The One also supports hand gestures: Opening your palm toward the One projects a cursor that you can move on the screen. Navigating within the One’s matrix of boxy squares is feasible, but trying to land on a tiny webpage link is nearly impossible. Could Microsoft’s R&D team steal a page from Sony and include eye tracking? Or would that make console shooters too easy?
There’s a bit of irony in the fact that speech recognition has been buried for generations of Windows PCs, while it’s been placed front and center in the living room’s Xbox. And whereas users have shouted and waved their arms at generations of Windows machines, that behavior is now actually encouraged.
Internet Explorer: The case for SmartGlass
Ever since Google launched Google TV in 2010, content firms have been looking for better ways to put the Web on your television. At the time, Google’s promise of the “best of the Web on your TV” implied video-on-demand streaming from CBS, TNT, and other providers. But after CBS and others blocked their content from Google TV, streaming content languished—until Netflix, Hulu, and others picked up the slack.
Though surfing the Web on the One looks fantastic, actually navigating to a website is a hassle. By default, IE opens to Bing’s website. I expected Bing to log me in, but instead I had to navigate to the upper right and log in manually to my Microsoft account and Facebook.
Even after I did so, my Favorites failed to load. Though it allows you to browse to sites using only your voice, the One seemed to recognize my voice commands about once in every dozen attempts. Forget trying to navigate to a subdirectory, or even clicking a link on a page: The typical webpage contains so many links that nailing the correct one is an achievement in itself.
Snapping apps Windows 8–style across one side of the screen—to play a game while you listen to music, say—provides a nice way of doing two things at once. But I never quite mastered the trick of moving from one window to the other.
Here, however, the SmartGlass application comes through big-time.
Microsoft introduced the SmartGlass second-screen app for the Xbox, and the new iteration saves the Xbox One experience. SmartGlass steps in to smooth over the Xbox One’s navigation issues. Instead of having to type a webpage URL, for example, you can use SmartGlass (now available for iOS, Android, Windows Phone, and Windows 8.1) to bring up your onscreen keyboard on your phone, or to use your laptop’s keyboard.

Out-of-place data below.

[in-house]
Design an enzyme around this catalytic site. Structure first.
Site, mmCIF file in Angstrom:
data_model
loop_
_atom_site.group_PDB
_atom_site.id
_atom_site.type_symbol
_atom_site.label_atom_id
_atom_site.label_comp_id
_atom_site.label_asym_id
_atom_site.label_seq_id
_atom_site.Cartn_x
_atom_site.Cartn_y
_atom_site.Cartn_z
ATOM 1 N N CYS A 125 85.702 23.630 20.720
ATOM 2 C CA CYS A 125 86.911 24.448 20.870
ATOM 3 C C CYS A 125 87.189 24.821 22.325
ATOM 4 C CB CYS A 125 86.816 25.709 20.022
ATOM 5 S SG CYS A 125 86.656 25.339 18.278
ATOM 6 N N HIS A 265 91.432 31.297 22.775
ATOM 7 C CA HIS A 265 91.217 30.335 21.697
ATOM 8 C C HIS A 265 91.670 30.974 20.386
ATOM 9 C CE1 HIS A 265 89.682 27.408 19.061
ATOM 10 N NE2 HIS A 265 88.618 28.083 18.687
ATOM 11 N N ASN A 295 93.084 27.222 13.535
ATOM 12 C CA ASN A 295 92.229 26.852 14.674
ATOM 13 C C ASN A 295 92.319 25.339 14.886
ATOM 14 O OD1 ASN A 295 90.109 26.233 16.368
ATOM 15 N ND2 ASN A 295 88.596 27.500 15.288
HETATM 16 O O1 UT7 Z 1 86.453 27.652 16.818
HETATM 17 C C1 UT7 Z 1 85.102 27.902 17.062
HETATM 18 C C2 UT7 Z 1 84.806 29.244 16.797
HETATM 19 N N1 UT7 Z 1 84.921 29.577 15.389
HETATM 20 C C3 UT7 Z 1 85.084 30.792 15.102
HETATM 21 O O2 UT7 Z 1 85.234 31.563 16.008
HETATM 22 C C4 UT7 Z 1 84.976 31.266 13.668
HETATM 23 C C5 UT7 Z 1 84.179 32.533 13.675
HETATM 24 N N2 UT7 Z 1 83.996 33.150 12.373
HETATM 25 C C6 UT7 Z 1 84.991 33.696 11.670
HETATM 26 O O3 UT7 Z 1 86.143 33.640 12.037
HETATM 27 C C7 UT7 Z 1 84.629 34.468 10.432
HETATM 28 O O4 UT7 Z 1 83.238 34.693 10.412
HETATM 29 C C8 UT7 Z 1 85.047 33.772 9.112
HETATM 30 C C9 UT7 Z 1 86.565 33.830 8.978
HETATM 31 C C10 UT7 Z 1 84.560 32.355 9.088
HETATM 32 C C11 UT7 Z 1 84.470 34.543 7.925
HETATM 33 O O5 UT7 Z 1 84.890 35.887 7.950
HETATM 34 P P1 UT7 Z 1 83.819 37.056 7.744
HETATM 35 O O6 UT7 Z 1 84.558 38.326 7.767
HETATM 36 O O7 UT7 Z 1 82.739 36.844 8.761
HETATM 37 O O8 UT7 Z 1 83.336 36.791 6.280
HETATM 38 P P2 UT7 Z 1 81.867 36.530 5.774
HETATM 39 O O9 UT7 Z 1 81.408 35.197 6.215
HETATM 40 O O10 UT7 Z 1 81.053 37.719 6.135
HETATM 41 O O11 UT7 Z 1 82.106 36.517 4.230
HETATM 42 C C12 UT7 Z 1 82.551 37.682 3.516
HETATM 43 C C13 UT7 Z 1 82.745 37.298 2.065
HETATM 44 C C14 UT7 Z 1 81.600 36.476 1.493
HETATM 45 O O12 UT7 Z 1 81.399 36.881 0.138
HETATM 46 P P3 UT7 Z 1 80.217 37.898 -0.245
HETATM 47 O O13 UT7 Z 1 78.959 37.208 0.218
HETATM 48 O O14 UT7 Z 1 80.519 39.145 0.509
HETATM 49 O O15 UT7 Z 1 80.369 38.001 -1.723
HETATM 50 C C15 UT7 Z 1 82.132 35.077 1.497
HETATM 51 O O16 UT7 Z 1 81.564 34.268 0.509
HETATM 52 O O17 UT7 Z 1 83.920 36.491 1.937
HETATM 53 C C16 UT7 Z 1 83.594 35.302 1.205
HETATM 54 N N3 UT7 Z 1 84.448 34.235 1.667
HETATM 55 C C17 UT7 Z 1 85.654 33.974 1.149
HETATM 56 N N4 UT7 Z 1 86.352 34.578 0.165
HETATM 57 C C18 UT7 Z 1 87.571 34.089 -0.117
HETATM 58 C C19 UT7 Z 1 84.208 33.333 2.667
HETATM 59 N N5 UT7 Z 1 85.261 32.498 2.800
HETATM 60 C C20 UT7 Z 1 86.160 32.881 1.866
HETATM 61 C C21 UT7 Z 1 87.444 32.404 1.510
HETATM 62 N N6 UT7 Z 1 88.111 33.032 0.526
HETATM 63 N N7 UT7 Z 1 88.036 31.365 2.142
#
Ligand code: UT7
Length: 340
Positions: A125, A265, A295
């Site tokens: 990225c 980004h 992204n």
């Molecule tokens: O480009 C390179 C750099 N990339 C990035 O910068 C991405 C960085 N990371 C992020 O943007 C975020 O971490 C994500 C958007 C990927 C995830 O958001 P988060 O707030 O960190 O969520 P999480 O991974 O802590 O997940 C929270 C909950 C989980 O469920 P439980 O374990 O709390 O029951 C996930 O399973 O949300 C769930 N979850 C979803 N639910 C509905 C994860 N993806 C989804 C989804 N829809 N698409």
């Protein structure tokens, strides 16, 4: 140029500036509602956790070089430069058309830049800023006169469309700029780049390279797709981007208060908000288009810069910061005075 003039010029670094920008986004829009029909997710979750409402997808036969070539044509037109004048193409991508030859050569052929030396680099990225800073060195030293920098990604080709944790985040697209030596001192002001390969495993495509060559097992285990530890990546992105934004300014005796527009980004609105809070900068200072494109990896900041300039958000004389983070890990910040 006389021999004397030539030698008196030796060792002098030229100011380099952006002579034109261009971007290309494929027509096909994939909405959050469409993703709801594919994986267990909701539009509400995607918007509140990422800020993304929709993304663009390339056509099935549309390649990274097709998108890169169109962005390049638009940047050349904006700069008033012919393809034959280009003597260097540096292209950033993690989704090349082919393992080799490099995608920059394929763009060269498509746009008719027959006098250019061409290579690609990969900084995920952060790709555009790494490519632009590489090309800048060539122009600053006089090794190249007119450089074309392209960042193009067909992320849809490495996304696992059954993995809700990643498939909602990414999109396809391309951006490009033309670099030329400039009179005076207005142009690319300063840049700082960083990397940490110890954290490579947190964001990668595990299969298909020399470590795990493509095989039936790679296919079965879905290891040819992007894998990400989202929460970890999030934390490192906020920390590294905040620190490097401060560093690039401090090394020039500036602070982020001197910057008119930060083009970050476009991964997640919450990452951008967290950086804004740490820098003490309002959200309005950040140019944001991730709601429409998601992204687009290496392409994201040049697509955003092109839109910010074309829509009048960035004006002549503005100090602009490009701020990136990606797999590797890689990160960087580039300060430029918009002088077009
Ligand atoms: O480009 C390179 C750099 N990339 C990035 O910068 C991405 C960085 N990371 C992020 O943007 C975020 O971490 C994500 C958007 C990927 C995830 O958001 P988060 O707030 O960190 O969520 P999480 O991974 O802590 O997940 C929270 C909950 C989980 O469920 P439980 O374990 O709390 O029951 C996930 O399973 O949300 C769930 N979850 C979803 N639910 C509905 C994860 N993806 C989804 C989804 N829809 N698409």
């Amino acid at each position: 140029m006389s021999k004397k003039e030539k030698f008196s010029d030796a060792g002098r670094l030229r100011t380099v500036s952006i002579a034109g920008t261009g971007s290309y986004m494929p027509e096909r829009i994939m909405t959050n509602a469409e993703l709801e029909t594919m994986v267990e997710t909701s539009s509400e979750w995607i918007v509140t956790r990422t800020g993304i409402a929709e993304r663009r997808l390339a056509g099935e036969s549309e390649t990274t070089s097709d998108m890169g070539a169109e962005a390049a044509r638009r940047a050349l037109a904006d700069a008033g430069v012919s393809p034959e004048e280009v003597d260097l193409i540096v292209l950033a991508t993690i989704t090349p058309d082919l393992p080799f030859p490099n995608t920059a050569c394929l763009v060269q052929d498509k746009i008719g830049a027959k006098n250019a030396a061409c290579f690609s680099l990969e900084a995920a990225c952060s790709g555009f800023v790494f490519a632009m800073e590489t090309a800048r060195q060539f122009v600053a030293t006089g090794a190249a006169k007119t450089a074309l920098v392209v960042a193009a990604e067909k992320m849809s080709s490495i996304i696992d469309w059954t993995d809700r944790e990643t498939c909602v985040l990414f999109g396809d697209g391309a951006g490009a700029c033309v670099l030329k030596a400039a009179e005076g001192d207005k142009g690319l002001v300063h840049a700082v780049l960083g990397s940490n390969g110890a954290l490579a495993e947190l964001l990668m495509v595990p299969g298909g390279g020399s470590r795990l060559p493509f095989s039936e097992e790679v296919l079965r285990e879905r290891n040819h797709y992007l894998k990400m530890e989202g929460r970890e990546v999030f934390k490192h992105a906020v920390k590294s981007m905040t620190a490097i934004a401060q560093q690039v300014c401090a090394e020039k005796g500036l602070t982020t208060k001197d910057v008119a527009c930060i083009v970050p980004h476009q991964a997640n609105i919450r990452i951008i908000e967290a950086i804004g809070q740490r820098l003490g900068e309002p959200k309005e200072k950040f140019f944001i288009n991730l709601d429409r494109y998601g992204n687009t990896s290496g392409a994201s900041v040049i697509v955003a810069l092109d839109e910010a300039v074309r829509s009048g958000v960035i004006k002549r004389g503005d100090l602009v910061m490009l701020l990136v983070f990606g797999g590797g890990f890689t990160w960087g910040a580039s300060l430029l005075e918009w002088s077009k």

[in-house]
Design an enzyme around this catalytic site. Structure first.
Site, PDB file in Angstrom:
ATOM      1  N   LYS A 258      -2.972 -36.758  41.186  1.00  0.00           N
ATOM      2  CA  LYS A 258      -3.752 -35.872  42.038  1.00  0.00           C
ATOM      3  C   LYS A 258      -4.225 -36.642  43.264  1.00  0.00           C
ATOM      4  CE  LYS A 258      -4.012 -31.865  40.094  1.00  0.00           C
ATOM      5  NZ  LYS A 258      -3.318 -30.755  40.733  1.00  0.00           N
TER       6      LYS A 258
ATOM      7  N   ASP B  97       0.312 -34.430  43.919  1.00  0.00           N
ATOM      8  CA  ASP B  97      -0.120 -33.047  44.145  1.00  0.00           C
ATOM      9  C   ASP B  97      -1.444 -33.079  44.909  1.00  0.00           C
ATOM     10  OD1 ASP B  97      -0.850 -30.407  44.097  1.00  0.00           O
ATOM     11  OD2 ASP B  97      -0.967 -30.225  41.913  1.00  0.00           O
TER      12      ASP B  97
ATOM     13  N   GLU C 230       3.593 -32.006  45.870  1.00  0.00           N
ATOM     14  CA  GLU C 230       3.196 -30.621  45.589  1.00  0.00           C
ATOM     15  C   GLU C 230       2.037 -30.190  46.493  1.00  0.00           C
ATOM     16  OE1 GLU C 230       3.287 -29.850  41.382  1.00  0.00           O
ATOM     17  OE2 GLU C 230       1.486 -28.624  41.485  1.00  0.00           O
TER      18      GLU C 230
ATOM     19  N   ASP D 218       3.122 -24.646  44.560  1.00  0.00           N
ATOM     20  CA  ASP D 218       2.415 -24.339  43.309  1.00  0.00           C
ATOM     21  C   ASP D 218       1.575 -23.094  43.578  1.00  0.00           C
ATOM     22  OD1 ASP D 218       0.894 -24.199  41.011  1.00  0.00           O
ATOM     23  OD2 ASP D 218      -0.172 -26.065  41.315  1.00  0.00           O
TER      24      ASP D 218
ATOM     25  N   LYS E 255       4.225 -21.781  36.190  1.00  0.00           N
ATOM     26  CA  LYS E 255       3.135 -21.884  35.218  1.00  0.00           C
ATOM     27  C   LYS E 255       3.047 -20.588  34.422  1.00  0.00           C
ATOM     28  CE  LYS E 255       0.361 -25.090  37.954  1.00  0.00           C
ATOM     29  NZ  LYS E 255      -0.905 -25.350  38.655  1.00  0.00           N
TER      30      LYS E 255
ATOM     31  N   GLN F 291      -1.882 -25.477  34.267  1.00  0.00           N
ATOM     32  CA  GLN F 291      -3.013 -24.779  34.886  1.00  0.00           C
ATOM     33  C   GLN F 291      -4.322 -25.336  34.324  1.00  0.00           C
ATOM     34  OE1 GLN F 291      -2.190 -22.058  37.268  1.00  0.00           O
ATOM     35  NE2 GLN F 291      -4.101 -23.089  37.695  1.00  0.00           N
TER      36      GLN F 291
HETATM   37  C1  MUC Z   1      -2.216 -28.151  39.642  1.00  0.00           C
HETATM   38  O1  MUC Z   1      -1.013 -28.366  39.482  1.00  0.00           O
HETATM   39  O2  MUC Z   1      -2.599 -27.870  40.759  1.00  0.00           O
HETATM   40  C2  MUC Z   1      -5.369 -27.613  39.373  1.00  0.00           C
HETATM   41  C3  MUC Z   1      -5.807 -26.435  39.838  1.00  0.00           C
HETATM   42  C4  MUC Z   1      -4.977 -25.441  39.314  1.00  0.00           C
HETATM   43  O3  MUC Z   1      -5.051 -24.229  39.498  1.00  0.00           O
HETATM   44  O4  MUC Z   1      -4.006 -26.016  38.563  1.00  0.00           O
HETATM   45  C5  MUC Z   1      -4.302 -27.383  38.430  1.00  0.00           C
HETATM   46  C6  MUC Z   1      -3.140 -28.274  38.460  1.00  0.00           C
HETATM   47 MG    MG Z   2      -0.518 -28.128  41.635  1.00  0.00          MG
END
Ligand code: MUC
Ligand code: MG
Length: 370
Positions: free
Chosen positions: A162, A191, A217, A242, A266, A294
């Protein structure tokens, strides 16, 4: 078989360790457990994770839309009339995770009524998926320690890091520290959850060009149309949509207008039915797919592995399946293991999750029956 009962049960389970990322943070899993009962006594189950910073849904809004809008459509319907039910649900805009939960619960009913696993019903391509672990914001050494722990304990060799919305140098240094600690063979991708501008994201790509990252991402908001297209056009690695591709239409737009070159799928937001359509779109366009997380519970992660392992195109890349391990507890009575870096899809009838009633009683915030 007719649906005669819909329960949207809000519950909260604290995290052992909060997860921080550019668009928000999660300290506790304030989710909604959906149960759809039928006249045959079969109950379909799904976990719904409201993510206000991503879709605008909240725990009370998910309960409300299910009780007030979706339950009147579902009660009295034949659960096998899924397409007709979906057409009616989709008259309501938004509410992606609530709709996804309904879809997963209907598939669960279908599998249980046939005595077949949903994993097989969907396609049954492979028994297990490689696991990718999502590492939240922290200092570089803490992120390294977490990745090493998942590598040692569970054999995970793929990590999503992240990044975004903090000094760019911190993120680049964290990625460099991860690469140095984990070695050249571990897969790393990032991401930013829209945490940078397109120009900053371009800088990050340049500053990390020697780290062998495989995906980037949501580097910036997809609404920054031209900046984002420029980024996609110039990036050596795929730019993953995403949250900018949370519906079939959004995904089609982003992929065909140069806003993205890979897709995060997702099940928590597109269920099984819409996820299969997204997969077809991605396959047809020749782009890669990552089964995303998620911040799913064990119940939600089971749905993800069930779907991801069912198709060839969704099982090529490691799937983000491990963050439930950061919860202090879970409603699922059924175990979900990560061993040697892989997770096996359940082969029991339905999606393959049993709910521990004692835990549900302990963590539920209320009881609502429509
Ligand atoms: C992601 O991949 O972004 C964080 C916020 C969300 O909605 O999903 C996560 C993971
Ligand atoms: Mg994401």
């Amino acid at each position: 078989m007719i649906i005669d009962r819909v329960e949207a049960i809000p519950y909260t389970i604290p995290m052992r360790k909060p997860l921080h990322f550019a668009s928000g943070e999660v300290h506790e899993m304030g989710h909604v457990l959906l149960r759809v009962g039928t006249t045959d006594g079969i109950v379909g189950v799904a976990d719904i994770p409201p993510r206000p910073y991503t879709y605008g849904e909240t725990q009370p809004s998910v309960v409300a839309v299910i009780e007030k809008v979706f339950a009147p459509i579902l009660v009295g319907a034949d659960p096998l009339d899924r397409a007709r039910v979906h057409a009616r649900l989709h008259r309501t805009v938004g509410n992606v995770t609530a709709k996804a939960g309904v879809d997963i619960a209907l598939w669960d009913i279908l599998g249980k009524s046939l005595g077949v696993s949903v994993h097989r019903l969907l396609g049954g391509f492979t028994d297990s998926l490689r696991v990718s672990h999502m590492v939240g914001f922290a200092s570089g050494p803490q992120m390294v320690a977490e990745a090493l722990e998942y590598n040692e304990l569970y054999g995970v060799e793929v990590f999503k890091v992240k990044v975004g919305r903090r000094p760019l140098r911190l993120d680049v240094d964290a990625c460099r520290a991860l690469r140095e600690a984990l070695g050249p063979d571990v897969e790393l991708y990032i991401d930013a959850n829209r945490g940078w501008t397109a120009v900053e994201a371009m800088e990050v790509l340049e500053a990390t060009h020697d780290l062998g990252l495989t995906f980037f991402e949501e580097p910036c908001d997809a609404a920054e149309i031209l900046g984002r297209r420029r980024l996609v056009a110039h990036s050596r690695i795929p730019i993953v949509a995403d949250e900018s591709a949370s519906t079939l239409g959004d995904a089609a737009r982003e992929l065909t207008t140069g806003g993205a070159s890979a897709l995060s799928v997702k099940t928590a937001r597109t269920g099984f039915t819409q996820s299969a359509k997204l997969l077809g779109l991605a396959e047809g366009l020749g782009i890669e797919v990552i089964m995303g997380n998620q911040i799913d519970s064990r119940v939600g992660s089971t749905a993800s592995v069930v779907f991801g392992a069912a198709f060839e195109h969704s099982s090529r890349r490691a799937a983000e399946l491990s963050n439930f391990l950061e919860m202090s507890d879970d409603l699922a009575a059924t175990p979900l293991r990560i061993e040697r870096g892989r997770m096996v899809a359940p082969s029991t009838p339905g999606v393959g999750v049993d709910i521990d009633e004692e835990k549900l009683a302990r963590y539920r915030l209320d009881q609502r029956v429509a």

Skype: Why do I need a chat headset again?
Previous iterations of the Xbox allowed players to talk among themselves, using the in-game chat powered by Microsoft’s Xbox Live Gold subscription. Microsoft does offer the Xbox One Chat Headset ($25), available as part of some retailer bundles. But the One’s Skype implementation is among its strengths, and it plays off the Kinect to best effect.
On screen, Skype looks almost exactly like the Skype app for Windows 8. It displays a list of your recent conversations, and your contacts. I was pleased to find that Skype, unlike Internet Explorer, automatically logged me in. You can also order your One to call a friend (“Xbox, Skype David”). Instant messages are displayed as popups, which some users may find distracting.
Skype handles video calls terrifically. It projects the image of the caller on screen, and the Kinect camera automatically pans and zooms, “focusing” on the person who’s speaking. You don’t have to worry about trying to sit closer to the screen so your aunt in Bangalore can see you, and you won’t need a chat headset, either. Kinect does a fantastic job of adapting itself to the conversation.
SkyDrive: Pretty, basic
Microsoft’s cloud services float inside two different hemispheres. In one, Microsoft stores everything about you: your name, identity, pins, content, et cetera. And then there’s SkyDrive, your online closet for storing your stuff.